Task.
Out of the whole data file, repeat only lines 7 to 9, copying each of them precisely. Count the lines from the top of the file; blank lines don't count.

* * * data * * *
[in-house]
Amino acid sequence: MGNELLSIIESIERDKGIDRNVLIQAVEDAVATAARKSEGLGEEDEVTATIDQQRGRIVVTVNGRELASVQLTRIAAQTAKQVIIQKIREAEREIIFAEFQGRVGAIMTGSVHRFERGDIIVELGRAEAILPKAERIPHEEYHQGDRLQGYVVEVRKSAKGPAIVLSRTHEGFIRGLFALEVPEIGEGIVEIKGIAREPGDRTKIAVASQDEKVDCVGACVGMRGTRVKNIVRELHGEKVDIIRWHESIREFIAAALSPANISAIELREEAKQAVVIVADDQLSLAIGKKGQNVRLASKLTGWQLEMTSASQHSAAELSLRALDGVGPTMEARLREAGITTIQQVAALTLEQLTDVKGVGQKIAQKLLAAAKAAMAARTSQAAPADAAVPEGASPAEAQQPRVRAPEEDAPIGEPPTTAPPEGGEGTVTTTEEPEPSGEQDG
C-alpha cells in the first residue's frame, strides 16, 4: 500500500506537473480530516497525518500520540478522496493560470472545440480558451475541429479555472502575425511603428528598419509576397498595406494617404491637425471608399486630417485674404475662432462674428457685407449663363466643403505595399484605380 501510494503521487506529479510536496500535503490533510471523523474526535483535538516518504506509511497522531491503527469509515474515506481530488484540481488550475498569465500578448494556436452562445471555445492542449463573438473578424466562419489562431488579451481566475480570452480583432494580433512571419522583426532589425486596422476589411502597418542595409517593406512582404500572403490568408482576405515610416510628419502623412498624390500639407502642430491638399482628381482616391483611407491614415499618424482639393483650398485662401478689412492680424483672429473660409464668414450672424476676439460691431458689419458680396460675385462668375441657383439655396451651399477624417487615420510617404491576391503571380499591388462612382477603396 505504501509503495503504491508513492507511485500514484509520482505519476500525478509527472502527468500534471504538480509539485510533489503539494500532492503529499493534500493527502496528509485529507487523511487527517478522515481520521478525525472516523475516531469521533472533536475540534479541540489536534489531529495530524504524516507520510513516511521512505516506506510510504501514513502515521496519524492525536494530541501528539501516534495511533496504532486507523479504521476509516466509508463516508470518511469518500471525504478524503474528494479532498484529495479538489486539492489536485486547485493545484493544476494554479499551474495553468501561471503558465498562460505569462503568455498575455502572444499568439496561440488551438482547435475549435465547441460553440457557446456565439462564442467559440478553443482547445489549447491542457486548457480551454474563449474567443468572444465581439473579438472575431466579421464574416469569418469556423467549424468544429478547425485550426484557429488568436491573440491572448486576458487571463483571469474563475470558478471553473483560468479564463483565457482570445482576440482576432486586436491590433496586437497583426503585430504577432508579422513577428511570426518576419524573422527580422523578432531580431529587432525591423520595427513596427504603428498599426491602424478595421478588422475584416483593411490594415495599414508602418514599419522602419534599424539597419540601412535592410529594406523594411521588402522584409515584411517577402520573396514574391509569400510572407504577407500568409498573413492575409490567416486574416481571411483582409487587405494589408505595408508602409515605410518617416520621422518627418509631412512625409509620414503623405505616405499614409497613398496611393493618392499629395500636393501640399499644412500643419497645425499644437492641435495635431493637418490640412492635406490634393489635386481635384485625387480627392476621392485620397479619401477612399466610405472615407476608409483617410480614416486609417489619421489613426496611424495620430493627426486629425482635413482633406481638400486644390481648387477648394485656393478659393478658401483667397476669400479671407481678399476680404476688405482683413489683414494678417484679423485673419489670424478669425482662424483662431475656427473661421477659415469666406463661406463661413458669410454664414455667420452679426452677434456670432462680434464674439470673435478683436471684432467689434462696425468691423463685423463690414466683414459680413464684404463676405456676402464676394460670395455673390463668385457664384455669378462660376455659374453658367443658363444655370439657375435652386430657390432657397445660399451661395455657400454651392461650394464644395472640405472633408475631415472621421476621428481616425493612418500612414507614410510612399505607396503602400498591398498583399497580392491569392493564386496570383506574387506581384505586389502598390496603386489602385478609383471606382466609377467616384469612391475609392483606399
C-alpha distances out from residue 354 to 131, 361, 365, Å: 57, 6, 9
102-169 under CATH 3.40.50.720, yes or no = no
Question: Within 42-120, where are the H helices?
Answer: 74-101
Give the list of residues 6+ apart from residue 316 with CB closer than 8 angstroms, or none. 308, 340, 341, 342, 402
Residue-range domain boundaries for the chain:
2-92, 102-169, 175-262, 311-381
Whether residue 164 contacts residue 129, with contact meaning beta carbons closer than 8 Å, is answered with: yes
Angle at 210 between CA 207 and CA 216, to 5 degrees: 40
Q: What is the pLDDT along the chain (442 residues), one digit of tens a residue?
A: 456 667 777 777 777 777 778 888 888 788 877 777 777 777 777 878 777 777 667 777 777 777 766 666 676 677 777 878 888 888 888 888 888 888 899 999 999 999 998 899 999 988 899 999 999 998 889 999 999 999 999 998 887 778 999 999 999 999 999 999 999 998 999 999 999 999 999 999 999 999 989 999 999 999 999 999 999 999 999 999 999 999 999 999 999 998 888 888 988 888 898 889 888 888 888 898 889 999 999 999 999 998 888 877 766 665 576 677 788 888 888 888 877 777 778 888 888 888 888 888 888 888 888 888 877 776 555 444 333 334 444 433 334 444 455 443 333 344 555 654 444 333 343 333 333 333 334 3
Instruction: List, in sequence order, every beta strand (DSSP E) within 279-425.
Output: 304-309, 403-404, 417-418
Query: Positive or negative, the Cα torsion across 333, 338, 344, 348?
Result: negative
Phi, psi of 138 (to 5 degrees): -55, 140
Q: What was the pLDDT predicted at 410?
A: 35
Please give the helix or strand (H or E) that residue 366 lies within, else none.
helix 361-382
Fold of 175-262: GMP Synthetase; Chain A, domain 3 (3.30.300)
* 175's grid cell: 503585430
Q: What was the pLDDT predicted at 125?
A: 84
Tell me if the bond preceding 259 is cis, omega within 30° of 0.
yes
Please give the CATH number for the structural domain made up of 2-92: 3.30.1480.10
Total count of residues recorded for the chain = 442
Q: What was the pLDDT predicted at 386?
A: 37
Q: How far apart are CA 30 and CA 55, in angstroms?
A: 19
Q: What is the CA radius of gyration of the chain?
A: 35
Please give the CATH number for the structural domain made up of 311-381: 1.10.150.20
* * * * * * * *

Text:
Answer: 74-101
Give the list of residues 6+ apart from residue 316 with CB closer than 8 angstroms, or none. 308, 340, 341, 342, 402
Residue-range domain boundaries for the chain: